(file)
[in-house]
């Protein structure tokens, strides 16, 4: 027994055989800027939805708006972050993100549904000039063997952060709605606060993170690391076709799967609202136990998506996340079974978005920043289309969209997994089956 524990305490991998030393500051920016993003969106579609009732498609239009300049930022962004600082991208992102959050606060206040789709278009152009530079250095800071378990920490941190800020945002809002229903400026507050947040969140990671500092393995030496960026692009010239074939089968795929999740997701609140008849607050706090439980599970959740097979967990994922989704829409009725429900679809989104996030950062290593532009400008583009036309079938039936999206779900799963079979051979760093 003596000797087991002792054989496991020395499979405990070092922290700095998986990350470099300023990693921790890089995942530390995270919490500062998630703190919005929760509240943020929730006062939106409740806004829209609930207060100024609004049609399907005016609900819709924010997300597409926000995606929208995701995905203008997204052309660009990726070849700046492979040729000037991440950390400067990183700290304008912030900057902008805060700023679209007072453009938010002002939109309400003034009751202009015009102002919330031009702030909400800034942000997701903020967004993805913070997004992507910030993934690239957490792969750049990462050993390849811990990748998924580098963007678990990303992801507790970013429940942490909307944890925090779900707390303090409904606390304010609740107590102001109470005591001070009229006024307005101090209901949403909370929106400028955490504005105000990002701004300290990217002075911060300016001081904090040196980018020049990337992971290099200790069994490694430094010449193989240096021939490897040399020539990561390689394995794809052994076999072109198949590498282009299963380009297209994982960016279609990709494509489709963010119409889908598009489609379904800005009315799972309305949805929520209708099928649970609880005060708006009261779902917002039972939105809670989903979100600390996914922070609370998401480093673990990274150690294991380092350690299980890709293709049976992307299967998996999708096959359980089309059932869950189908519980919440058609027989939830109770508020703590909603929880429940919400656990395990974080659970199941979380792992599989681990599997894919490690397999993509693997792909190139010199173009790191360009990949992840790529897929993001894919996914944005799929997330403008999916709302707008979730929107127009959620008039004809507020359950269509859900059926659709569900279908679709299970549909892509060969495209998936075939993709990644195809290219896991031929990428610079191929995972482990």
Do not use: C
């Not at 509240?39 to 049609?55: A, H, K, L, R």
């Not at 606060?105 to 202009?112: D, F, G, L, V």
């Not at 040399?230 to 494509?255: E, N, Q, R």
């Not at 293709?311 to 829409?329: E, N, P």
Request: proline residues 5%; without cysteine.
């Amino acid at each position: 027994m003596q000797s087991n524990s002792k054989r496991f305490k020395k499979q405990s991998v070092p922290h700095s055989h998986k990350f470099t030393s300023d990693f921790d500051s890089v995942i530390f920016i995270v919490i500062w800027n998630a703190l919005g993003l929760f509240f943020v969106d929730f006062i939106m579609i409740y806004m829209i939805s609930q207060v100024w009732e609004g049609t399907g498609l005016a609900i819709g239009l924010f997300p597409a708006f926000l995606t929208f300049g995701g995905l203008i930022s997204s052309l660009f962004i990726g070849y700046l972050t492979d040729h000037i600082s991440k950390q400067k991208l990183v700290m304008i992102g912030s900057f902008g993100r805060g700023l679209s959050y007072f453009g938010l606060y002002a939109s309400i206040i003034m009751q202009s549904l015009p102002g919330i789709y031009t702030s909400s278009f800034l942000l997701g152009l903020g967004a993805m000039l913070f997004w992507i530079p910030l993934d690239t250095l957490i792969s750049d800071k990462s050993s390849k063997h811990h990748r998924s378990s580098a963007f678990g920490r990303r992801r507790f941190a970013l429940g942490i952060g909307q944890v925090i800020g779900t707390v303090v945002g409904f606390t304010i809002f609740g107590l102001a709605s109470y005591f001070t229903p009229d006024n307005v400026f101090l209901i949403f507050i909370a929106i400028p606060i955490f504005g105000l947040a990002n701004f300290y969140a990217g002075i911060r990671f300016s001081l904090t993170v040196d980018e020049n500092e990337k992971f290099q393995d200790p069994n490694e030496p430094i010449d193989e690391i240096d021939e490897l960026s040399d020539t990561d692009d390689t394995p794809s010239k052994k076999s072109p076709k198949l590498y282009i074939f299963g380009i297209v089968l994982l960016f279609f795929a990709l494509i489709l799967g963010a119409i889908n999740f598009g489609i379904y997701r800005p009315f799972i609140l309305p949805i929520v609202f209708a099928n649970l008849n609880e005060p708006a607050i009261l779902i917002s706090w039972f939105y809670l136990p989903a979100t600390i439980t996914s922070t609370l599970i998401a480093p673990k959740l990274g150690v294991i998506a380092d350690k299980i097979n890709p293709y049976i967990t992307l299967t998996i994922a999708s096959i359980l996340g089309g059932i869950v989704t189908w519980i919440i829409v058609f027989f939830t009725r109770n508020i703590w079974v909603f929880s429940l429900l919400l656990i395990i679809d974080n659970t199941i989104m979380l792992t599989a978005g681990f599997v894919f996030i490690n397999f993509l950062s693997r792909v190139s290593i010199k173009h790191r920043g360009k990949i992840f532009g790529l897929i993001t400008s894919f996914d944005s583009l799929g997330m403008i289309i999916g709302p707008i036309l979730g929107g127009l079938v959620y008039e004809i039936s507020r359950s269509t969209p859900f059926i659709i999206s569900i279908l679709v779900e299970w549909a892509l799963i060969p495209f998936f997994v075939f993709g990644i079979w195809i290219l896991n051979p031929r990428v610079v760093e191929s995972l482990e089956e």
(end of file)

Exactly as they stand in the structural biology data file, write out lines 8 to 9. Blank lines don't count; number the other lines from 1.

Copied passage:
Request: proline residues 5%; without cysteine.
């Amino acid at each position: 027994m003596q000797s087991n524990s002792k054989r496991f305490k020395k499979q405990s991998v070092p922290h700095s055989h998986k990350f470099t030393s300023d990693f921790d500051s890089v995942i530390f920016i995270v919490i500062w800027n998630a703190l919005g993003l929760f509240f943020v969106d929730f006062i939106m579609i409740y806004m829209i939805s609930q207060v100024w009732e609004g049609t399907g498609l005016a609900i819709g239009l924010f997300p597409a708006f926000l995606t929208f300049g995701g995905l203008i930022s997204s052309l660009f962004i990726g070849y700046l972050t492979d040729h000037i600082s991440k950390q400067k991208l990183v700290m304008i992102g912030s900057f902008g993100r805060g700023l679209s959050y007072f453009g938010l606060y002002a939109s309400i206040i003034m009751q202009s549904l015009p102002g919330i789709y031009t702030s909400s278009f800034l942000l997701g152009l903020g967004a993805m000039l913070f997004w992507i530079p910030l993934d690239t250095l957490i792969s750049d800071k990462s050993s390849k063997h811990h990748r998924s378990s580098a963007f678990g920490r990303r992801r507790f941190a970013l429940g942490i952060g909307q944890v925090i800020g779900t707390v303090v945002g409904f606390t304010i809002f609740g107590l102001a709605s109470y005591f001070t229903p009229d006024n307005v400026f101090l209901i949403f507050i909370a929106i400028p606060i955490f504005g105000l947040a990002n701004f300290y969140a990217g002075i911060r990671f300016s001081l904090t993170v040196d980018e020049n500092e990337k992971f290099q393995d200790p069994n490694e030496p430094i010449d193989e690391i240096d021939e490897l960026s040399d020539t990561d692009d390689t394995p794809s010239k052994k076999s072109p076709k198949l590498y282009i074939f299963g380009i297209v089968l994982l960016f279609f795929a990709l494509i489709l799967g963010a119409i889908n999740f598009g489609i379904y997701r800005p009315f799972i609140l309305p949805i929520v609202f209708a099928n649970l008849n609880e005060p708006a607050i009261l779902i917002s706090w039972f939105y809670l136990p989903a979100t600390i439980t996914s922070t609370l599970i998401a480093p673990k959740l990274g150690v294991i998506a380092d350690k299980i097979n890709p293709y049976i967990t992307l299967t998996i994922a999708s096959i359980l996340g089309g059932i869950v989704t189908w519980i919440i829409v058609f027989f939830t009725r109770n508020i703590w079974v909603f929880s429940l429900l919400l656990i395990i679809d974080n659970t199941i989104m979380l792992t599989a978005g681990f599997v894919f996030i490690n397999f993509l950062s693997r792909v190139s290593i010199k173009h790191r920043g360009k990949i992840f532009g790529l897929i993001t400008s894919f996914d944005s583009l799929g997330m403008i289309i999916g709302p707008i036309l979730g929107g127009l079938v959620y008039e004809i039936s507020r359950s269509t969209p859900f059926i659709i999206s569900i279908l679709v779900e299970w549909a892509l799963i060969p495209f998936f997994v075939f993709g990644i079979w195809i290219l896991n051979p031929r990428v610079v760093e191929s995972l482990e089956e």